A CAG report says that the private-public partnership model allows the agency to mint money by operating an MRI machine, paying far less than it should to the hospital
Even as the state Medical Education Department toys with the idea of using the public-private-partnership (PPP) model as a one-stop solution to upgradation of medical facilities in the state, an audit of the state-run GT Hospital in south Mumbai set in motion through a Right to Information (RTI) enquiry has revealed that the model doesn't safeguard the financial interest of the government.
The CAG report claims that the private firm used an MRI machine donated to the hospital free of cost for 9 months, and is still not paying rent for the plot of the hospital premises occupied, or for the electricity and water used.
The report has revealed that the agreement between the two
parties is more profitable for the private player
In tertiary government hospitals, patients have to wait for months together to get their MRIs or CT scans, which are often crucial in determining coutse of the patient's treatment.
To speed things up, the Oil and Natural Gas Corporation (ONGC) donated an MRI machine worth Rs 7 crore to GT hospital in 2009.
However, the CAG report has revealed that the instead of running it independently, the hospital entered into an agreement with the private firm, First Health Care Private Limited, allowing it to operate the machine within its premises.
Unevenly distributed profits
In their report, auditors say that outsourcing use of the machine to a private firm 'disregards the financial interest of the government'.
The auditors have also raised eyebrows at the fact that the private firm was allowed to use the machine free of cost, for the prolonged period of nine months, from March 2010 to January 2011.
Dr A P Chaudhari, medical superintendent of GT hospital, however, explained, "Though we received the machine in March 2010, some technical snags cropped up, as a result of which we decided to hand it over to the private firm on August 31, 2010.
The machine was officially handed over to them in October 2010, and this was followed by a three-month trial period, which ended in December 2010. Since then, the private firm has been paying us rent."
According to the agreement, the private firm was asked to perform at least 12 MRIs at the subsidised government hospital rates daily for Rs 1,800 each, after which they could offer the same services to private patients as well.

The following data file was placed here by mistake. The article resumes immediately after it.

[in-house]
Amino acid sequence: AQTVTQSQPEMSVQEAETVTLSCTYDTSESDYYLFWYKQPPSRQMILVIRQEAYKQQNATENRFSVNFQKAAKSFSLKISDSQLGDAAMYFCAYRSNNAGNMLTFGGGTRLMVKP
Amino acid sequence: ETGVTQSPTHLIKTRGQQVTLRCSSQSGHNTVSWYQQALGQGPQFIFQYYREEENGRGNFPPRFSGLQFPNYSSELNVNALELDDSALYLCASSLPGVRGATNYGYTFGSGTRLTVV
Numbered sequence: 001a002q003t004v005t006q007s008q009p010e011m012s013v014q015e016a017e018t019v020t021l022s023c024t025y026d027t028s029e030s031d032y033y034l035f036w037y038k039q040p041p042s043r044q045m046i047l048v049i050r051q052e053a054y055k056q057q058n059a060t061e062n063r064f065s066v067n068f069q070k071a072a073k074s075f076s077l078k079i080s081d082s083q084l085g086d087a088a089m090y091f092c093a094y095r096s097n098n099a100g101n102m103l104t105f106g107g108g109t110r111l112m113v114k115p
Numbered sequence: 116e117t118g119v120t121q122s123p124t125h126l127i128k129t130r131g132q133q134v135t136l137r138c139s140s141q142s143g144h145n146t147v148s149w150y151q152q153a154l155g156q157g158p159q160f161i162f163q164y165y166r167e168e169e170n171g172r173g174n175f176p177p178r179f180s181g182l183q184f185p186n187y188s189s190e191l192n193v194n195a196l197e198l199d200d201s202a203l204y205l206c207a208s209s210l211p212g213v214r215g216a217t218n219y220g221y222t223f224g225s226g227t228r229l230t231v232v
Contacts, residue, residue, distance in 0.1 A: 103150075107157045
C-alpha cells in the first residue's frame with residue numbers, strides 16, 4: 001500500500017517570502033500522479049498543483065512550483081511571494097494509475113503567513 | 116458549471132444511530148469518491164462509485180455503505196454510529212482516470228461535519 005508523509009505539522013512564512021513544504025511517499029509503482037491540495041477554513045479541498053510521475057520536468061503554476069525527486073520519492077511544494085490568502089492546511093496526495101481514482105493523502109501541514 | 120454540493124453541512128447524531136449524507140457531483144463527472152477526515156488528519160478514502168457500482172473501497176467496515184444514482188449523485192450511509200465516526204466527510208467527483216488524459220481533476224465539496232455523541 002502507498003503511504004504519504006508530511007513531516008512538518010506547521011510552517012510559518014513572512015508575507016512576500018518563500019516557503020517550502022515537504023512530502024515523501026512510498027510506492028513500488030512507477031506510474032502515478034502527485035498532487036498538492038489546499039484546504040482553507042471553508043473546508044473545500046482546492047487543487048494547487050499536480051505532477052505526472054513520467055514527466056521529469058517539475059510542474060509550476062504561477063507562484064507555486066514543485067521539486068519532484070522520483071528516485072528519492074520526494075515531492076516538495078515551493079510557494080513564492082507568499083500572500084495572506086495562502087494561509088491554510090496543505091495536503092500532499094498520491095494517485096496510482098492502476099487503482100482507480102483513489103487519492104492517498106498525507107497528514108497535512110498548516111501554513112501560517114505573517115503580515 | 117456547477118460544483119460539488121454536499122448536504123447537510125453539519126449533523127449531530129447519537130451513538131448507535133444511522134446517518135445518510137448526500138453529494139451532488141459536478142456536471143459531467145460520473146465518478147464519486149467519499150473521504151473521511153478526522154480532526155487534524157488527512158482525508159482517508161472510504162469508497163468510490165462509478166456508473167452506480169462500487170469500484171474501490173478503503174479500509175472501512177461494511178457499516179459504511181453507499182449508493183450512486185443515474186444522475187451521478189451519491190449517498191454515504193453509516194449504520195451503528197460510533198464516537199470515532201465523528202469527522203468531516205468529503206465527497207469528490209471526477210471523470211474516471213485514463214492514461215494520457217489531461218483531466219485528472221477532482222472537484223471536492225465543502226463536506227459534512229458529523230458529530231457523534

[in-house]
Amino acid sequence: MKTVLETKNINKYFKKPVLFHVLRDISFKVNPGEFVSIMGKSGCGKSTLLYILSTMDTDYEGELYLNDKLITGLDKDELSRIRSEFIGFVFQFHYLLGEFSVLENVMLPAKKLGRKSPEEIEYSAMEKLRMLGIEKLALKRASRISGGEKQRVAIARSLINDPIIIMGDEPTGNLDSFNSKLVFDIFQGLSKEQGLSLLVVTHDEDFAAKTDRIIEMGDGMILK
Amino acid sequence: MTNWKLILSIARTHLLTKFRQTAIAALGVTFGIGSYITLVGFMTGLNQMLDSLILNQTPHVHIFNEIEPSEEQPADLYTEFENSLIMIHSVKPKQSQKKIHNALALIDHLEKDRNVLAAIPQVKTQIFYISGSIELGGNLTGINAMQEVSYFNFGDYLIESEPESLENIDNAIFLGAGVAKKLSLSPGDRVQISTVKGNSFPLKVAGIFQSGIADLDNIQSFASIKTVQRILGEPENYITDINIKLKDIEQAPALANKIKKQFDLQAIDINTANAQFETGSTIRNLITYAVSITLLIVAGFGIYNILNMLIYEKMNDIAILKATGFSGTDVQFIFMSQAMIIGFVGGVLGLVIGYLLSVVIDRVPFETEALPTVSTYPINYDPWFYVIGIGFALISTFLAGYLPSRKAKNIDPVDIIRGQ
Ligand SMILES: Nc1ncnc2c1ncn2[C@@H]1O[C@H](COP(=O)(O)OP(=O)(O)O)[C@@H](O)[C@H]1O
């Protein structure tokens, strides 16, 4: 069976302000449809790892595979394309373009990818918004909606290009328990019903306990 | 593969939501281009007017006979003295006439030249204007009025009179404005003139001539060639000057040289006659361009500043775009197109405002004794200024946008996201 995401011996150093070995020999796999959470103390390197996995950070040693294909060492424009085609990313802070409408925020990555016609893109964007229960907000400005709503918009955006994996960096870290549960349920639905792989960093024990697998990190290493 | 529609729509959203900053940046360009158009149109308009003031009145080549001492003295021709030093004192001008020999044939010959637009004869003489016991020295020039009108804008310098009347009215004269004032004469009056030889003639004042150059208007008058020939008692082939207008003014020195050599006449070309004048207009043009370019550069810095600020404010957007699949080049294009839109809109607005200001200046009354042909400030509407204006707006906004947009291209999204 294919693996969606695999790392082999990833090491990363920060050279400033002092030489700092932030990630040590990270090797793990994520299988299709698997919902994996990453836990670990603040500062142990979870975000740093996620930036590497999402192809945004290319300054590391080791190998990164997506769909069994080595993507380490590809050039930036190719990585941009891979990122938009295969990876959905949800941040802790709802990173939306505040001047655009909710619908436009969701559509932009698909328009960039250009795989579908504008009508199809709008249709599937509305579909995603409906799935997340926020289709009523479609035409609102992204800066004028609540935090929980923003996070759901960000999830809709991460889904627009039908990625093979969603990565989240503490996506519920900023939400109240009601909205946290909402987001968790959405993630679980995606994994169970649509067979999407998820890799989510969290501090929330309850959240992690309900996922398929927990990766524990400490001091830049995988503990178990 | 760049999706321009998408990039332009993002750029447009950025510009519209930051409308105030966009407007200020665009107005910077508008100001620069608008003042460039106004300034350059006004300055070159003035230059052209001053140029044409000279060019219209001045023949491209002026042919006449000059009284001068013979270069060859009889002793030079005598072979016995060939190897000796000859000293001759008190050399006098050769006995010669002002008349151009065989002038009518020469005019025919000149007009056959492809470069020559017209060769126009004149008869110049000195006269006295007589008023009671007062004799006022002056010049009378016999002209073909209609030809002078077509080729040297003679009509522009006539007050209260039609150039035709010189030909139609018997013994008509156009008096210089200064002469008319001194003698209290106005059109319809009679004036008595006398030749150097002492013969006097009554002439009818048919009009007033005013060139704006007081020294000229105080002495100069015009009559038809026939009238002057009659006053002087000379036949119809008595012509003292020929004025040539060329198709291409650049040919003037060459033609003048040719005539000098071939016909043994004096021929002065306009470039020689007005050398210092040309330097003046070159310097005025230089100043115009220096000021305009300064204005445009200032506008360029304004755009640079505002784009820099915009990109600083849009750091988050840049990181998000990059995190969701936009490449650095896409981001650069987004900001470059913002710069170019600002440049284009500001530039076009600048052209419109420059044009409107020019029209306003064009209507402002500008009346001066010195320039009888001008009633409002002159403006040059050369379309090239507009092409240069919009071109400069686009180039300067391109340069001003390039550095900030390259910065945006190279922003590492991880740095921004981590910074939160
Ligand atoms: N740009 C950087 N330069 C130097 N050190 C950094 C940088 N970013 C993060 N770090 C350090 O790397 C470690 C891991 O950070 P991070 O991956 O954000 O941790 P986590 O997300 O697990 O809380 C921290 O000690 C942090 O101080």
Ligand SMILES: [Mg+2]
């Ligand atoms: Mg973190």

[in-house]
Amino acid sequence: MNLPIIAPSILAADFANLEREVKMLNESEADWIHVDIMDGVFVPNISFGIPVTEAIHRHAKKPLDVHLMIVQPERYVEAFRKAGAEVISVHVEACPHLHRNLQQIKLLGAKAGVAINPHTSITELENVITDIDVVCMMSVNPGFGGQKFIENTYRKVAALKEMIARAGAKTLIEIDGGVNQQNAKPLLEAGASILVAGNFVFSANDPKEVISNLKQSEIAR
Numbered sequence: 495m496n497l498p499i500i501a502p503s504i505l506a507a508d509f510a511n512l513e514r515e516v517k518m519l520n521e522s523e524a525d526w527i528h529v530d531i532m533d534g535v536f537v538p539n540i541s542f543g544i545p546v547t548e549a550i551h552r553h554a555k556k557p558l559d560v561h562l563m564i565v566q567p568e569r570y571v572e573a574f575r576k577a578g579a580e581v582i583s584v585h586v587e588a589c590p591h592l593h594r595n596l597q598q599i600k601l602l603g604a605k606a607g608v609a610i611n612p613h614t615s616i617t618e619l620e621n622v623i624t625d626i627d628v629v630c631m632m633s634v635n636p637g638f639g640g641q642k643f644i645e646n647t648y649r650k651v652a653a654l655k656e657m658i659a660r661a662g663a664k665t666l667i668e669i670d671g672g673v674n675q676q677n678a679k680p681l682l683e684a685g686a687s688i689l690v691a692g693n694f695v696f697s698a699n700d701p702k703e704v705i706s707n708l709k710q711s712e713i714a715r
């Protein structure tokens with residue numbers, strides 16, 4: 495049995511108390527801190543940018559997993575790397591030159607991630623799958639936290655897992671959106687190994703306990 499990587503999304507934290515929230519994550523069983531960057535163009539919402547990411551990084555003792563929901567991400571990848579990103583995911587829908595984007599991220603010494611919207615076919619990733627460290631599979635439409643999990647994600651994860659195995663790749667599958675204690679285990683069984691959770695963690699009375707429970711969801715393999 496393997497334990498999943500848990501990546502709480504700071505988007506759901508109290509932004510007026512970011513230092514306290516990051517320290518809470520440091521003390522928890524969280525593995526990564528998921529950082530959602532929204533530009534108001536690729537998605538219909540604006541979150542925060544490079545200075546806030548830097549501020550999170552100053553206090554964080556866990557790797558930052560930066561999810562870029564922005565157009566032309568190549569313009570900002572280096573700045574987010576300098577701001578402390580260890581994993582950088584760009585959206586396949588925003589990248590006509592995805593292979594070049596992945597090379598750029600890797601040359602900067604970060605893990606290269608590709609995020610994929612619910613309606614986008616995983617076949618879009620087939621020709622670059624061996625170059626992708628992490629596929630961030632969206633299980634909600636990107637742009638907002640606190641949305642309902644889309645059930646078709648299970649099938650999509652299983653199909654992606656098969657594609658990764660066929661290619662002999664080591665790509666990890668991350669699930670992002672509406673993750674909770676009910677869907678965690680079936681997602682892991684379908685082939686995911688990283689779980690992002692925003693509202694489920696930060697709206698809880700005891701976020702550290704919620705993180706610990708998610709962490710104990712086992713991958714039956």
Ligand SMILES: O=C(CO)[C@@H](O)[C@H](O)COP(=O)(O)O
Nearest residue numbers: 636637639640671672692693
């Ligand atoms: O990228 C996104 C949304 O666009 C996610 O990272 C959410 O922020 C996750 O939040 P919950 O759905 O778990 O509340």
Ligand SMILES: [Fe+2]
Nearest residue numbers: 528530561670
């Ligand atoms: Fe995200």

The agreement also stated that in lieu of using the machine, the private firm would be paying the hospital Rs 4,01,052 a month.
However the auditors have alleged that the 'the agreement was not reviewed jointly'.
The auditors expressed concern that the firm was only paying rent per month for the machine, but not paying additional charges for use of electricity and water, or the occupancy of hospital space, all of which was being borne by the government.
The report also points out the that the private agency paid the government Rs 28,10,514 for the period September-March 2011, which is far smaller than the sum of Rs 53,05,599 paid by the government for installation of the machine and electricity consumed by the machine. The private agency rather, earned Rs 43, 47,000 in the process.
'PPP model profitable'
Dr Chaudhari, however, insisted on the viability of the PPP model, saying, "We have been able to perform around 200 MRIs every month.
The hospital is not only earning revenue in the form of rent for the machine but also an additional Rs 1,800 per MRI.
If we try to develop a department, we will have to employ staffers and even pay them salaries, and our total expenditure would rise.
The PPP model is profitable for us. We have also received a CT scan machine from ONGC, which we will be handing over to a private firm soon."
Dr Viral Shah, promoter for First Health Care, said, "The PPP model is a win-win system for the government. In fact, it is we who have been incurring huge losses, as the CT scan machine is yet to be installed.
We had been told that both the machines would be functional together, and now we have to pay extra staffers.
While we charge Rs1,800 for patients of the government hospitals, we charge private patients a nominal fee of Rs 3,500, which is far less then what is charged at other private centres.
After we started operating, the waiting list for MRI scans at JJ hospital got shorter in just four days. At GT hospital, the waiting list cleared up in just a day.
The sum of Rs 4 lakh that we are paying includes rent for both machine and the occupancy of hospital space."
Rs 4 L
Rent paid for the MRI machine
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